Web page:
Sin City Lights Up With a Dash of Molten Salt
Nevada is the home of the world's first utility-scale molten salt facility
The bright lights of Las Vegas flip on when the sun sets, making solar an unlikely energy source for the city. But a solar thermal power station 225 miles away stores the sun’s heat in molten salt, with the capacity to light 75,000 homes far into the night. Nevada’s Crescent Dunes station is the world’s first and only utility-scale molten salt facility. Wildlife advocates initially raised concerns about bird deaths in the power station’s airspace, but operators have taken steps to reduce avian mortality.
The LIQUID SALT starts in a cold tank and is piped up a 640-foot-tall tower to the receiver, an arrangement of thin-walled metal tubes. Mirrors reflect solar heat onto these tubes, heating the salt inside them to 1,050°F.
Unlike water, which turns to steam at 212°F and becomes more difficult to store, the salt stays liquid at this high temperature.
After being heated, the salt is piped back down to an INSULATED HOT TANK for storage. The salt loses only 1 percent of thermal energy per day, an efficiency that helps make this form of energy storage 10 times cheaper than battery technologies.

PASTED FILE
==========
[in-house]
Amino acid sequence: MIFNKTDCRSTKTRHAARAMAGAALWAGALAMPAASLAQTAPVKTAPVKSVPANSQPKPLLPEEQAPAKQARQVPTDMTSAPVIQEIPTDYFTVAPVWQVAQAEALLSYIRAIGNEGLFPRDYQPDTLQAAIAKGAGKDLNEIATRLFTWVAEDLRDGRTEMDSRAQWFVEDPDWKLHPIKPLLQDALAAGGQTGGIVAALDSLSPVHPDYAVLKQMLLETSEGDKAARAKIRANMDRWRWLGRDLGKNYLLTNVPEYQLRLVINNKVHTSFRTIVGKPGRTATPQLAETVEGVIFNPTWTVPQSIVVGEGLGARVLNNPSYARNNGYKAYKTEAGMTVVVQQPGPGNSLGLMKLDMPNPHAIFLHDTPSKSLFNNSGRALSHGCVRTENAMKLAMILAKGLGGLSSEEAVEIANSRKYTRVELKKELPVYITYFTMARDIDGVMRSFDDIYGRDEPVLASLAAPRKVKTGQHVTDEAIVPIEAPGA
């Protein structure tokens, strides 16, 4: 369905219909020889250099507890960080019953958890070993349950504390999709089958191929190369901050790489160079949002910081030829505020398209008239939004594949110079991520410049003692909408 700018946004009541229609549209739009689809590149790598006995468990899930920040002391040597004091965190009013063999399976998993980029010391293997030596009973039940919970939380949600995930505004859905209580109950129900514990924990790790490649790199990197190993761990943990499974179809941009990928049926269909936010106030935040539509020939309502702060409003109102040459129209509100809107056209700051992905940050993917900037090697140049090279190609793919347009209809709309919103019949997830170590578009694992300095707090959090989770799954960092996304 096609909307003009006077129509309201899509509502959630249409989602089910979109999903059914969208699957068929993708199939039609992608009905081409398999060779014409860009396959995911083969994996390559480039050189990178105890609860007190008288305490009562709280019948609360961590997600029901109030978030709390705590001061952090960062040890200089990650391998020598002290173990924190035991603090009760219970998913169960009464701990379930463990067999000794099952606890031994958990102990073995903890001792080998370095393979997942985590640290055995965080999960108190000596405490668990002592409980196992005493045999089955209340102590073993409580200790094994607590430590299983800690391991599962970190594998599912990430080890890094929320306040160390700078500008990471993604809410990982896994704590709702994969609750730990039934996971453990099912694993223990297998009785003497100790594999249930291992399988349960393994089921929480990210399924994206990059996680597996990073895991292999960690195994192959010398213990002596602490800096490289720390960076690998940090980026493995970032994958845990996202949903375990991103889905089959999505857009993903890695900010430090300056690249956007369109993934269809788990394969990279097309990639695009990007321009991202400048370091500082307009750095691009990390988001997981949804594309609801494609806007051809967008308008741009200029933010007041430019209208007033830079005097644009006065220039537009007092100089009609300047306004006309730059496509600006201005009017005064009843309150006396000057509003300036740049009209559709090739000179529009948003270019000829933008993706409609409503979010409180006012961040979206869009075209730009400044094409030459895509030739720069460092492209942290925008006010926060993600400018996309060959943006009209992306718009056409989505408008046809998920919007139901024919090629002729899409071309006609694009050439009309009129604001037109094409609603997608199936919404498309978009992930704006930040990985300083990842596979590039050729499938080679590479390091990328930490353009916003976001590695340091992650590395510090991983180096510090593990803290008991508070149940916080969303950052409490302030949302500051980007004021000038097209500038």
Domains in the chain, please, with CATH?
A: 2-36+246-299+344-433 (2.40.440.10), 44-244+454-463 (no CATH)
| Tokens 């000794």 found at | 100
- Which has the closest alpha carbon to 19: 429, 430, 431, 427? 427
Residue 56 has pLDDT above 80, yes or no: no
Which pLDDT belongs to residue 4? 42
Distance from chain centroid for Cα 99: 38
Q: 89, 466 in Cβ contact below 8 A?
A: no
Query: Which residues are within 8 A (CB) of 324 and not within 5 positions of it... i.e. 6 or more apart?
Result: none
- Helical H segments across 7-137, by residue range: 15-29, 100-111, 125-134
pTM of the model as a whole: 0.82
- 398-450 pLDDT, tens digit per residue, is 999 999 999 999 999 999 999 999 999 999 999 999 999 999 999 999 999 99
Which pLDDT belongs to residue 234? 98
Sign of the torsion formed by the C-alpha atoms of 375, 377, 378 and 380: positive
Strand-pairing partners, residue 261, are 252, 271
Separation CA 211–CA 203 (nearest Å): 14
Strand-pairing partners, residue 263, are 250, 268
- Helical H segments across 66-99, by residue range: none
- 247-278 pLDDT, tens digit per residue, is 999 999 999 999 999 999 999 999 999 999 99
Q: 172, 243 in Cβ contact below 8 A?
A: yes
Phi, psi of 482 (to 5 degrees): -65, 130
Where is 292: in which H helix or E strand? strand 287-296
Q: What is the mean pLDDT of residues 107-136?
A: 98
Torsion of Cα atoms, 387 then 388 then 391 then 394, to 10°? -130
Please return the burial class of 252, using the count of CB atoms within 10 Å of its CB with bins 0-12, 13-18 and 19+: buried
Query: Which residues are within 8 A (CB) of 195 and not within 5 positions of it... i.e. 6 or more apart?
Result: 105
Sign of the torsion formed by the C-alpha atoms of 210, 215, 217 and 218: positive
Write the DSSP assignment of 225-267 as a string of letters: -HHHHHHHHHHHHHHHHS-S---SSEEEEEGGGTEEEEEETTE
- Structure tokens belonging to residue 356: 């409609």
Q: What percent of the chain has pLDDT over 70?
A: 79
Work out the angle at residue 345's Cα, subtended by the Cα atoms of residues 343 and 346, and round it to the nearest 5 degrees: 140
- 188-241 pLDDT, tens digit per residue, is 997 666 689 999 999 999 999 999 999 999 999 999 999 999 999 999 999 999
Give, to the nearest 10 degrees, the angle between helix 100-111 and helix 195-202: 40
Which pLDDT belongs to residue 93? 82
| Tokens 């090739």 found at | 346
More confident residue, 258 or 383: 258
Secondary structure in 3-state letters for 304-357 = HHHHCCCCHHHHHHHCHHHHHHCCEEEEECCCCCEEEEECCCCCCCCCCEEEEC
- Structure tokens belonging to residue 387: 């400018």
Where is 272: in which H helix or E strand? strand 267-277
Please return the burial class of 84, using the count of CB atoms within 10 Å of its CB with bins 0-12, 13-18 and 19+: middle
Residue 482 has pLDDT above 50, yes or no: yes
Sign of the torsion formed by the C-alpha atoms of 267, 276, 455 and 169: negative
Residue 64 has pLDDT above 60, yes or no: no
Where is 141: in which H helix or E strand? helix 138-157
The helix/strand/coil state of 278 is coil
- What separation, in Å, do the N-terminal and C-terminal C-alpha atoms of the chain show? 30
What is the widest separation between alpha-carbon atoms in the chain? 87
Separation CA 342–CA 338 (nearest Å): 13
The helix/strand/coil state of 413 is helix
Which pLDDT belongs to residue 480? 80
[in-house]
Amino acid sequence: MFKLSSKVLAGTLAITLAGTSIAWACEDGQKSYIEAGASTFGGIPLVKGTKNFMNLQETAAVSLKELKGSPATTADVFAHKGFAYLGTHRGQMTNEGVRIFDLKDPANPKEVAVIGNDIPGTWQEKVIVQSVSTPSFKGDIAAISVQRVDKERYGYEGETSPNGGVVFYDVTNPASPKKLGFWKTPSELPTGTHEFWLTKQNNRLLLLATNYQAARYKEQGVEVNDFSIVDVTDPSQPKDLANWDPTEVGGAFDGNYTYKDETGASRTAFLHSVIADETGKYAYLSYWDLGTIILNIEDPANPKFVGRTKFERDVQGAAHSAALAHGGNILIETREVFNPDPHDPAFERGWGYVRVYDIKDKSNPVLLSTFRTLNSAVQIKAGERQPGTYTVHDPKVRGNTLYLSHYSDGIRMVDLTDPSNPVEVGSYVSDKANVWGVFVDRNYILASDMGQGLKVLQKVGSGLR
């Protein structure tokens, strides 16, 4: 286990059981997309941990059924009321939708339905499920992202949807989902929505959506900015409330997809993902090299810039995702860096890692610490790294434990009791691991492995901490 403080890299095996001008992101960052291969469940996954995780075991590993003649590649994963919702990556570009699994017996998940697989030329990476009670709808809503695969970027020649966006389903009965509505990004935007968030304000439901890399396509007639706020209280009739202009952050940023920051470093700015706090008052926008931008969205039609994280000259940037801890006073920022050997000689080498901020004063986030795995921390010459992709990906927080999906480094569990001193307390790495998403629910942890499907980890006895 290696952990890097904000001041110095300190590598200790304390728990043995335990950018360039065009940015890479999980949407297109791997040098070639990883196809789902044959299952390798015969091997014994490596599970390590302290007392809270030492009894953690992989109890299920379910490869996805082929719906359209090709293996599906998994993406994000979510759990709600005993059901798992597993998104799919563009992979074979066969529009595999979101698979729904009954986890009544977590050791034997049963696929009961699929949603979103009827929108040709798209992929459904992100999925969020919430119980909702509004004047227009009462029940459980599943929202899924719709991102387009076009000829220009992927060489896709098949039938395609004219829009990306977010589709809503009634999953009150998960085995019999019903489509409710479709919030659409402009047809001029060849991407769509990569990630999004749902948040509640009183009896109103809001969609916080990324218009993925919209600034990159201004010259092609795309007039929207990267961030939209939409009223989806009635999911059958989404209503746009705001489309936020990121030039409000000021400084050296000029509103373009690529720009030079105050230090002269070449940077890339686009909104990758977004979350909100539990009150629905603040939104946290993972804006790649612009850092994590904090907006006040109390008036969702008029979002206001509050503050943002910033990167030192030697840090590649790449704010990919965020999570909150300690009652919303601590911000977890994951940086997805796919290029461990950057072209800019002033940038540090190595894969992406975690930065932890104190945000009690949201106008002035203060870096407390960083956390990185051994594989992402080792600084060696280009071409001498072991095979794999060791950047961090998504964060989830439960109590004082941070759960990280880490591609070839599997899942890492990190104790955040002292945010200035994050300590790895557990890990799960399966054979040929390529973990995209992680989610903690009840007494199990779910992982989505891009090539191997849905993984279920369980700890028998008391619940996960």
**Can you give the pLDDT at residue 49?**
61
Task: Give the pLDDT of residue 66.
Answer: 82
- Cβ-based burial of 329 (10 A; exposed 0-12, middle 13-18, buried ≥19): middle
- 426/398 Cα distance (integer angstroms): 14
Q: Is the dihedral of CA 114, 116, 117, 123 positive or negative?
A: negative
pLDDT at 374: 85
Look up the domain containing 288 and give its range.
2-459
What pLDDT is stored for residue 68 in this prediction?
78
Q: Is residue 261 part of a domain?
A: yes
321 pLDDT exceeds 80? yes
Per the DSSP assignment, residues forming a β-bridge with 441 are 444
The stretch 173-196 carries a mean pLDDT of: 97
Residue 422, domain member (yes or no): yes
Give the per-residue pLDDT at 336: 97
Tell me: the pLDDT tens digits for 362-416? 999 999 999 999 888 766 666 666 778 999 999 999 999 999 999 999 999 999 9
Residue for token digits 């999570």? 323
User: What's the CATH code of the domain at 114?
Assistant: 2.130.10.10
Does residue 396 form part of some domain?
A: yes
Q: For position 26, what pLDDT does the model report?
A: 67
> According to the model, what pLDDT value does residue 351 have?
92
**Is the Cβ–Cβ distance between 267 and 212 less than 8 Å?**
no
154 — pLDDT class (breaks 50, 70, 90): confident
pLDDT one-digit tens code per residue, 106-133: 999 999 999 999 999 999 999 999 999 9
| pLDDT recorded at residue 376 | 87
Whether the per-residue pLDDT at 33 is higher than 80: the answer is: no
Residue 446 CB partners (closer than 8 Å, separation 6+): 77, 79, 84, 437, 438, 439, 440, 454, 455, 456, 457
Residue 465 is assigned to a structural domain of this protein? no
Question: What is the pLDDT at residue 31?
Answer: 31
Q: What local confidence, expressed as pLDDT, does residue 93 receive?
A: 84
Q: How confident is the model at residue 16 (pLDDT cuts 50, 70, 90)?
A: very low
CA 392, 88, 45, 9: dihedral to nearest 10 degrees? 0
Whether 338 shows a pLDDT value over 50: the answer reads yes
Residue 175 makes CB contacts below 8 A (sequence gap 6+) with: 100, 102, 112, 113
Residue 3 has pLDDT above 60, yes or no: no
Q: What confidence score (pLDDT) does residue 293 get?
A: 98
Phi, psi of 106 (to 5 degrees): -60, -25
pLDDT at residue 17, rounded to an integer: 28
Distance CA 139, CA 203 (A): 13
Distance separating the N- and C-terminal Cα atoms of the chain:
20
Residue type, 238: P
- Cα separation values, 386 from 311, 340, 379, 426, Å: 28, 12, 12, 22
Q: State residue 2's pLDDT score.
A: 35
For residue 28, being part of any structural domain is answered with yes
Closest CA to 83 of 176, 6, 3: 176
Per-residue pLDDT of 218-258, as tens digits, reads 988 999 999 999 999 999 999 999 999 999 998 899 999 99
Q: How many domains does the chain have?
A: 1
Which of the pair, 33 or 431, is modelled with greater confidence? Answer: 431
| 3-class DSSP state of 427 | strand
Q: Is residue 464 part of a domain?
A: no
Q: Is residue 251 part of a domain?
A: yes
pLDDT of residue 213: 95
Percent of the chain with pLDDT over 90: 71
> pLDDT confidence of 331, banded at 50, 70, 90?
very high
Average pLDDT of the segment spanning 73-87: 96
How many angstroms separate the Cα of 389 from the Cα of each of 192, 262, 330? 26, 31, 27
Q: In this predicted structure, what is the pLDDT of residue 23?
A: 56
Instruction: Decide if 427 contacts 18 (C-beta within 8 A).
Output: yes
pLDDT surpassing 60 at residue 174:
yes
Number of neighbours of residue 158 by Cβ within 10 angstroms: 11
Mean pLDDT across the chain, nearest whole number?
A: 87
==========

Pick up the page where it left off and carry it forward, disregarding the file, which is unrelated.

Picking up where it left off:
More than 10,000 MIRRORS, each the size of a billboard, surround the tower. The mirrors swivel to track the sun and reflect its rays onto the receiver. Originally, the mirrors focused on a small patch of air when in standby mode, occasionally incinerating passing birds. Engineers addressed this problem by spreading out the beams across a wider swath of sky. An environmental consulting group estimates that 465 birds die each year across the entire site, which it says is fewer than at wind and fossil fuel plants of the same size. None of the birds belong to a threatened or endangered species.
When electricity is needed, the molten salt is pumped to a HEAT EXCHANGER, which powers a steam turbine. The salt eventually goes back to the cold tank. Crescent Dunes can generate 500,000 megawatt-hours of electricity each year, about twice the amount produced by a photovoltaic solar plant of equal size.
This article appeared in the September/October 2018 edition with the headline "Salted Away."